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New & Noteworthy
Tuxedos on Ice
Need a cold distraction from summer heat? Love penguins? Want to be inspired by rugged scenery and a field biologist’s enthusiasm for his work, despite harsh conditions, endless counting, and climate change? The documentary film The Penguin Counters is now out on iTunes and DVD. First Run Features
Find What’s Missing
In the picture book Who Counts? 100 Sheep, 10 Coins, and 2 Sons, biblical scholar Amy-Jill Levine and children’s book author Rabbi Sandy Eisenberg Sasso imaginatively retell three of Jesus’ parables. Suitable for kids 4 to 8. Includes afterword for parents and teachers. Illustrated by Margaux Meganck. Westminster John Knox
An American Story
Amir Hussain’s Muslims and the Making of America is a compact overview of how Muslims have been an intrinsic part of American society, politics, and culture since the colonial era. Released last fall, but timelier than ever as anti-Muslim rhetoric and actions grow. Baylor University Press
In Grieving a Suicide: A Loved One’s Search for Comfort, Answers, and Hope , Albert Y. Hsu explores the hard emotional and spiritual questions survivors face. First published in 2002, this newly revised and expanded version includes updated resources and a discussion guide for suicide-survivor groups. IVP Books
Letters to the Editor
Pricing Carbon Fuels
Thank you for your fine article on climate change (“Shattering the Silence on Climate Change” by Teresa Myers, Connie Roser-Renouf, and Edward Maibach, May 2017). There is no larger long-term challenge facing humankind. The mention of Citizen’s Climate Lobby deserves expansion. This grassroots, nonpartisan, national group has a very workable, market-friendly proposal to help us move forward: enacting a steadily rising federal fee on all carbon-based fuels (coal, oil, and natural gas). The net revenues from this fee would be returned on an equal per capita basis to all legal U.S. residents. Such a fee would correct a failure of the market to properly price the environmental and social costs associated with use of these resources. It would have a positive impact on economic growth, would favor a transition to nonpolluting energy resources, and would be fair to low-income residents.
Grand Rapids, Michigan
The Pride of Milwaukee
One of the names in Lisa Sharon Harper’s “Find the Cost of Freedom” (May 2017) was instantly familiar to me: James Cameron, the only young man “spared” from lynching, by imprisonment. I only wish Harper could have gone further in highlighting Cameron’s life. Having lived most of my life in the Milwaukee metro area, I have heard so much about Cameron—an extremely studious man and founder of the Black Holocaust Museum, a one-of-a-kind exhibition. Cameron was an exemplary man. He should be much more well-known than he is, and for much more than that he escaped a lynching. He was (and still is, as his heritage lives on) a very important man for Milwaukee residents.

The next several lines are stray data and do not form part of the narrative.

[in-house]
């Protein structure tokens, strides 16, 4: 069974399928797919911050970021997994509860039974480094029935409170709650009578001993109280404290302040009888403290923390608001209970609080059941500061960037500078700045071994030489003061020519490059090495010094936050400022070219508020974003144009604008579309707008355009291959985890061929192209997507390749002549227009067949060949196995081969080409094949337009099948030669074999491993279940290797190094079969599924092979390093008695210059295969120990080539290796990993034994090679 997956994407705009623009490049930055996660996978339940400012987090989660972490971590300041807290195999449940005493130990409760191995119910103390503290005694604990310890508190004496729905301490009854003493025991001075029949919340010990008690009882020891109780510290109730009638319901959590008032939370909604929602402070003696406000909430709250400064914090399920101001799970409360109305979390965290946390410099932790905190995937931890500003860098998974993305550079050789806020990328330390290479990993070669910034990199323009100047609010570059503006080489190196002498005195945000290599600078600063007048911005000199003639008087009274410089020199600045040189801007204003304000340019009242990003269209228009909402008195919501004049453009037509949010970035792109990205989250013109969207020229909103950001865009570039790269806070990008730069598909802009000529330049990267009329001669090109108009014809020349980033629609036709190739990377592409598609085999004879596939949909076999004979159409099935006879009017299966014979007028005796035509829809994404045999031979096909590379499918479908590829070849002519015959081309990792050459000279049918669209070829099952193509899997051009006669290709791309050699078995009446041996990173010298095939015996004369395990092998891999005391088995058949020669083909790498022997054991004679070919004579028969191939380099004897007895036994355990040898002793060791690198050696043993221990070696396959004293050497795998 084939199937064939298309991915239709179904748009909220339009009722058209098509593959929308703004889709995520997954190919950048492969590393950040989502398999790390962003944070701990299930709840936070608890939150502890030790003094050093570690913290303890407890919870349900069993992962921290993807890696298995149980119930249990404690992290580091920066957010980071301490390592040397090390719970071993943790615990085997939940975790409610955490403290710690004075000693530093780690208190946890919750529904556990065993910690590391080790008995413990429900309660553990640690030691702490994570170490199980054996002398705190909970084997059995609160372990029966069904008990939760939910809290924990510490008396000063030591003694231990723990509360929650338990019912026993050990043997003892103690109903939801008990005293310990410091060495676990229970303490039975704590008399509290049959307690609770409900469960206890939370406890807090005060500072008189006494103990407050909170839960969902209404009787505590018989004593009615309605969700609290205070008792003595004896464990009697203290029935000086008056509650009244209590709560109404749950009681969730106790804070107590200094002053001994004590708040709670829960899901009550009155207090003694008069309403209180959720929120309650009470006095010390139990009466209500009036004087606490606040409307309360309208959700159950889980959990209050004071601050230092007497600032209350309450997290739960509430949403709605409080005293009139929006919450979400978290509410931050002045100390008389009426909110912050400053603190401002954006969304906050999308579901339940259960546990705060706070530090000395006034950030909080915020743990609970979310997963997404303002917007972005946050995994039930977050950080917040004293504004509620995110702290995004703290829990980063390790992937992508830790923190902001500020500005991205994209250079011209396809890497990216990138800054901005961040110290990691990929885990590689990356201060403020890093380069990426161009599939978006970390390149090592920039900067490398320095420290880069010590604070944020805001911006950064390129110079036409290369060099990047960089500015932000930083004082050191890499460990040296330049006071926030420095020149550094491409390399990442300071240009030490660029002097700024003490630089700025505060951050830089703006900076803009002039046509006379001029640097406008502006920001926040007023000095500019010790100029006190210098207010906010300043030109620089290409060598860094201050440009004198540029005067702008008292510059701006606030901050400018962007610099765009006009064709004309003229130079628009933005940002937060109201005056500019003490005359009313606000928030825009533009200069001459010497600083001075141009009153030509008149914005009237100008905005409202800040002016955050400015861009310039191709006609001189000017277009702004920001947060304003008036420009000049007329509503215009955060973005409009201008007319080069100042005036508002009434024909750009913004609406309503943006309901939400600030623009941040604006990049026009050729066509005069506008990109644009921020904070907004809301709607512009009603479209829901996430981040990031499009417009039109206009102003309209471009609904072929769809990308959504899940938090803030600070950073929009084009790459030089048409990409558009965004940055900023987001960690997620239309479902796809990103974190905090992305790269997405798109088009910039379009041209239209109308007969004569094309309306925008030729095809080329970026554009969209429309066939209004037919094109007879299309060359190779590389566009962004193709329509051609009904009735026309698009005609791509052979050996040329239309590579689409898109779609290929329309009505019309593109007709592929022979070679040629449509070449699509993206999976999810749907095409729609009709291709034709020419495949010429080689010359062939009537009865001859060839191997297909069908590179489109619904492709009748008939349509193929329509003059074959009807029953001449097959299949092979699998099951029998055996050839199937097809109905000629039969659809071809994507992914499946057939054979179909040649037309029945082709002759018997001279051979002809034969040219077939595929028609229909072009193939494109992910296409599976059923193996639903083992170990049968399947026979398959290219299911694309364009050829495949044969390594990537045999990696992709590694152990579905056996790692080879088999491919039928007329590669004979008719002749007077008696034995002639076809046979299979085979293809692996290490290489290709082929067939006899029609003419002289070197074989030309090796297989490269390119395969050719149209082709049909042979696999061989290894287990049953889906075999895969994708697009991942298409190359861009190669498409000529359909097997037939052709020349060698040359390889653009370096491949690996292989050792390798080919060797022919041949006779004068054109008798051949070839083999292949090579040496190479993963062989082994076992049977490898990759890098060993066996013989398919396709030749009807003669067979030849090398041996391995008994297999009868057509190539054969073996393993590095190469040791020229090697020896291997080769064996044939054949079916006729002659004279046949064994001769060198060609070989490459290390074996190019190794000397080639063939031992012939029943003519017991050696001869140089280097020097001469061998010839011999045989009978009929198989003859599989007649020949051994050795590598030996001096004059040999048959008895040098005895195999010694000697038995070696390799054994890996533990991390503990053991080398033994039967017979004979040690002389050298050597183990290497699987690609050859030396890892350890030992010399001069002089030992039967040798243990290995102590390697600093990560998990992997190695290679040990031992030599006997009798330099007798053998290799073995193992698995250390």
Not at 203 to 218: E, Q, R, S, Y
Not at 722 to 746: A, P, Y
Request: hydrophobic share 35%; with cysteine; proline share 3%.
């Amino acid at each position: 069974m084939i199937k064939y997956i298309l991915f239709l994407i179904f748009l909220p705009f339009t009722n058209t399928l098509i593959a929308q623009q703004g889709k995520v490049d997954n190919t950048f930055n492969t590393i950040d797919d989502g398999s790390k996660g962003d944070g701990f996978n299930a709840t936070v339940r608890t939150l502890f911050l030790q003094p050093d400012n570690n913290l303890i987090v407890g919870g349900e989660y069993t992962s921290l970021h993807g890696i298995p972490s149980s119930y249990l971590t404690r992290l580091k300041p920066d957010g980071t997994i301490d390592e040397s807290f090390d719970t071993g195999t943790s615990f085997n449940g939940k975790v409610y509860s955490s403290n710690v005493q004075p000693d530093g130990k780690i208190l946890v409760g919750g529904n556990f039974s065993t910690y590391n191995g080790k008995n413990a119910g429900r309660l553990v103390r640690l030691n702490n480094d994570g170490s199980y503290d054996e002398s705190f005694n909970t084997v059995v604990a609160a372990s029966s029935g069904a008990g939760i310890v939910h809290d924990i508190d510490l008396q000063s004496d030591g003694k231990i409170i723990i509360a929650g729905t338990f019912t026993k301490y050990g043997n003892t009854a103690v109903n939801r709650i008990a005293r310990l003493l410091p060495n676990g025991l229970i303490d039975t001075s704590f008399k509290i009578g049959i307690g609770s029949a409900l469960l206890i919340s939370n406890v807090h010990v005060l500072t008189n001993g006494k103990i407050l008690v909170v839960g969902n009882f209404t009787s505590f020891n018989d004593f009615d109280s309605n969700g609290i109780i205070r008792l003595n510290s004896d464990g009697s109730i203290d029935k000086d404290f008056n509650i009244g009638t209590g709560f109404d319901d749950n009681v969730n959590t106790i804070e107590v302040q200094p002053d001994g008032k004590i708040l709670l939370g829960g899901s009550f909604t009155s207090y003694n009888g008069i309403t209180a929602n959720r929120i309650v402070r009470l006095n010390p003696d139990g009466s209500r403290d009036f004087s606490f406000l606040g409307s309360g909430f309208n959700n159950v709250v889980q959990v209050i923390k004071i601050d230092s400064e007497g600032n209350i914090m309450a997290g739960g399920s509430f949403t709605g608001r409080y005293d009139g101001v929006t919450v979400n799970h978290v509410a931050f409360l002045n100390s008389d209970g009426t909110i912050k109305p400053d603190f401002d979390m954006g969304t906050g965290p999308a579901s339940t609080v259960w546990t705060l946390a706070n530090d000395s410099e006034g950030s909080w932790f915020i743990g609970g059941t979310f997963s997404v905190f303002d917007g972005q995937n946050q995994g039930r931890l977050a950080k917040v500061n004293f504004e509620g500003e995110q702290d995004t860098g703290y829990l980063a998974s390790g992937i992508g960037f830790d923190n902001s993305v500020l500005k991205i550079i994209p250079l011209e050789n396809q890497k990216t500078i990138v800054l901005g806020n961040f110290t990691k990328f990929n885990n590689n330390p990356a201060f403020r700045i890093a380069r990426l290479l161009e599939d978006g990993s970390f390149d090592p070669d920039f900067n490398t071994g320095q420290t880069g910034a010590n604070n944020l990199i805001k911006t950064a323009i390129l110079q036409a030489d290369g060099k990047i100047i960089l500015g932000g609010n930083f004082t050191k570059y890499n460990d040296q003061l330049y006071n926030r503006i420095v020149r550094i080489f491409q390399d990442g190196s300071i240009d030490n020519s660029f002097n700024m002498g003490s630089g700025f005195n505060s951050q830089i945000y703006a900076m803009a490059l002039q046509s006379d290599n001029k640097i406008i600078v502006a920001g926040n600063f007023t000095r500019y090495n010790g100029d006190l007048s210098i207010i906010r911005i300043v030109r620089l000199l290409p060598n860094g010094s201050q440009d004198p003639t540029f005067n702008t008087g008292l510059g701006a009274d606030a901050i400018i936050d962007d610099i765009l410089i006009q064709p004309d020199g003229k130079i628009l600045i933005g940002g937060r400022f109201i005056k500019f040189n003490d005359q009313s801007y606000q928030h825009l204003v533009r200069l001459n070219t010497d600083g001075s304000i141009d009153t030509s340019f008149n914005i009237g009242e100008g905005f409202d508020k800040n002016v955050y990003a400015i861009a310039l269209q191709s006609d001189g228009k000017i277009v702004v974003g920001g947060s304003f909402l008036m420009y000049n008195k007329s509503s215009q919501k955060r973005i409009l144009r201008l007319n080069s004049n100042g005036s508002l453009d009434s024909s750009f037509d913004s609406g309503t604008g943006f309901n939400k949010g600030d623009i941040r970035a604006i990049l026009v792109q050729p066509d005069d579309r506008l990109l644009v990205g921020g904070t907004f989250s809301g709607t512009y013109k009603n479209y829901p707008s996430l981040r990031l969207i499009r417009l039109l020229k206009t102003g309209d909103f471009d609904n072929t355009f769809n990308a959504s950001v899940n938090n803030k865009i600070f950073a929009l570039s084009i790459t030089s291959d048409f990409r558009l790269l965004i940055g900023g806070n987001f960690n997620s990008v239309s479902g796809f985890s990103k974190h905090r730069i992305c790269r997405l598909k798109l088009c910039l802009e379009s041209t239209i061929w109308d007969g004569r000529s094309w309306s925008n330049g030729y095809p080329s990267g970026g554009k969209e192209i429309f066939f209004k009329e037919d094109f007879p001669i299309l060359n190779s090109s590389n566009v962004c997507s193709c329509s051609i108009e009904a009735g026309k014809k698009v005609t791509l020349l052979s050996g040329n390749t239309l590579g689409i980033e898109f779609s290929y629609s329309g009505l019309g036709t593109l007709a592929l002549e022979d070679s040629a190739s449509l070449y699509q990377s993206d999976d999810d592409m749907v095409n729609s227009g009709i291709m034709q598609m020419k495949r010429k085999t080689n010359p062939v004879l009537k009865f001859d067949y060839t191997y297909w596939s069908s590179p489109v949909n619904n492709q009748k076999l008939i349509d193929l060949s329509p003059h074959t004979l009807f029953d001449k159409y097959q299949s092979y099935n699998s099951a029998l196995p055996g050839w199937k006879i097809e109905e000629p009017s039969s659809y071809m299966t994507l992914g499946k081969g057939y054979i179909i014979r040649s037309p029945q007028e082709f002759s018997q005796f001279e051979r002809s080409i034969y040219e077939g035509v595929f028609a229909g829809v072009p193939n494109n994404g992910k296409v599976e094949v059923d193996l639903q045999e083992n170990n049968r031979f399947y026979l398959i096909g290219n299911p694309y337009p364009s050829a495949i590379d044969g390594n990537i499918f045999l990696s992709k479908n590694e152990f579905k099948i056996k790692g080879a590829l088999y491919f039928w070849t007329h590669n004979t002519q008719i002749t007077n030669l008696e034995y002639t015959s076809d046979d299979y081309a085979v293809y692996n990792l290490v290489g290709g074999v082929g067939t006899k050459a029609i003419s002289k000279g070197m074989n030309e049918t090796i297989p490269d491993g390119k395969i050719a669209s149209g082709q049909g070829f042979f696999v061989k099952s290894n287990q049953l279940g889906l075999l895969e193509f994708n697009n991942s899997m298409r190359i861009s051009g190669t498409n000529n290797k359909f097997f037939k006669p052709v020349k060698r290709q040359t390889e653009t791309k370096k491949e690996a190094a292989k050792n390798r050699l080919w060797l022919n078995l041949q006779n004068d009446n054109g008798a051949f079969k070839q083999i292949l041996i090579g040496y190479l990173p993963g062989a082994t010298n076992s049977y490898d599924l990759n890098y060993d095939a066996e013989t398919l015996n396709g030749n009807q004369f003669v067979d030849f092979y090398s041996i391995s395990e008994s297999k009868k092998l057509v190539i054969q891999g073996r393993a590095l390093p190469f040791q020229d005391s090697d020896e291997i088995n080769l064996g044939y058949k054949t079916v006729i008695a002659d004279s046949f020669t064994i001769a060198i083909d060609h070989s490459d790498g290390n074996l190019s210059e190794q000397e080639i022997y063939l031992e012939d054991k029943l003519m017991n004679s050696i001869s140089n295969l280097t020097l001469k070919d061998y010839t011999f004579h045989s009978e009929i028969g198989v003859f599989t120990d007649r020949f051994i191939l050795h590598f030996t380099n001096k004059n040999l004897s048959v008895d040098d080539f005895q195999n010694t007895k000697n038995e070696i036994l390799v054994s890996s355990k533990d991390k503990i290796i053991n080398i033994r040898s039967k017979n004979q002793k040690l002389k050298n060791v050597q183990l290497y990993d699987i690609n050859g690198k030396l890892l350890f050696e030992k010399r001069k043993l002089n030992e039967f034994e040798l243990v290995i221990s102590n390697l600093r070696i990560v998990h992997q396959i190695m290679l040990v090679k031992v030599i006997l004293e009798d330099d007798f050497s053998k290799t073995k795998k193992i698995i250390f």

Heartless Housing Policy
I was very happy to read the recent article “Raise Your Hand if You Live in Subsidized Housing,” by Neeraj Mehta (June 2017). It helps to uncover how we “allocate resources to people we value” and shows the inequality of how we subsidize housing in America. From my work with Hearts for Homes in Macomb County, Mich., it is clear to me that negative biases and stereotypes of low-income renters justify inaction on the part of policy makers and middle-class Americans. With the numbers of homeless children on the rise, at a time when employment is the highest since 2001, we still easily blame the poor as “not being responsible” or “having bad spending habits.” However, we seem unable to acknowledge or take responsibility for a housing system that requires many families to pay more than half of their income in housing expenses, putting many at risk of homelessness.
Mt. Clemens, Michigan
Reading Danny Duncan Collum’s piece on Reinhold Niebuhr (“The Niebuhr We Need,” April 2017) and viewing the new documentary by Martin Doblmeier sent me back to my own review of America’s cold war theologian (“Apologist of Power,” March 1987). I write to commend James Cone’s chapter on Niebuhr in The Cross and the Lynching Tree (Orbis, 2011). Cone argues that Niebuhr’s theology of the cross was so abstract that it never occurred to him to recognize the most obvious representation of the former in the latter. Though still faculty at Union Seminary, Cone was not interviewed for the film.
Your response here. Write to email@example.com or Letters, Sojourners, 408 C Street NE, Washington, DC 20002. In-clude your name, city, and state. Letters may be edited.
About Loving Thine Enemies...
LOVING THY NEIGHBOR may be one of the greatest commandments, but loving thy enemies is surely the hardest. In the past few months, we’ve seen an outpouring of the former: crowds rallying at airports to welcome refugees; churches, cities, and campuses establishing sanctuary for undocumented immigrants; courageous bystanders intervening to protect strangers from harassment and violence.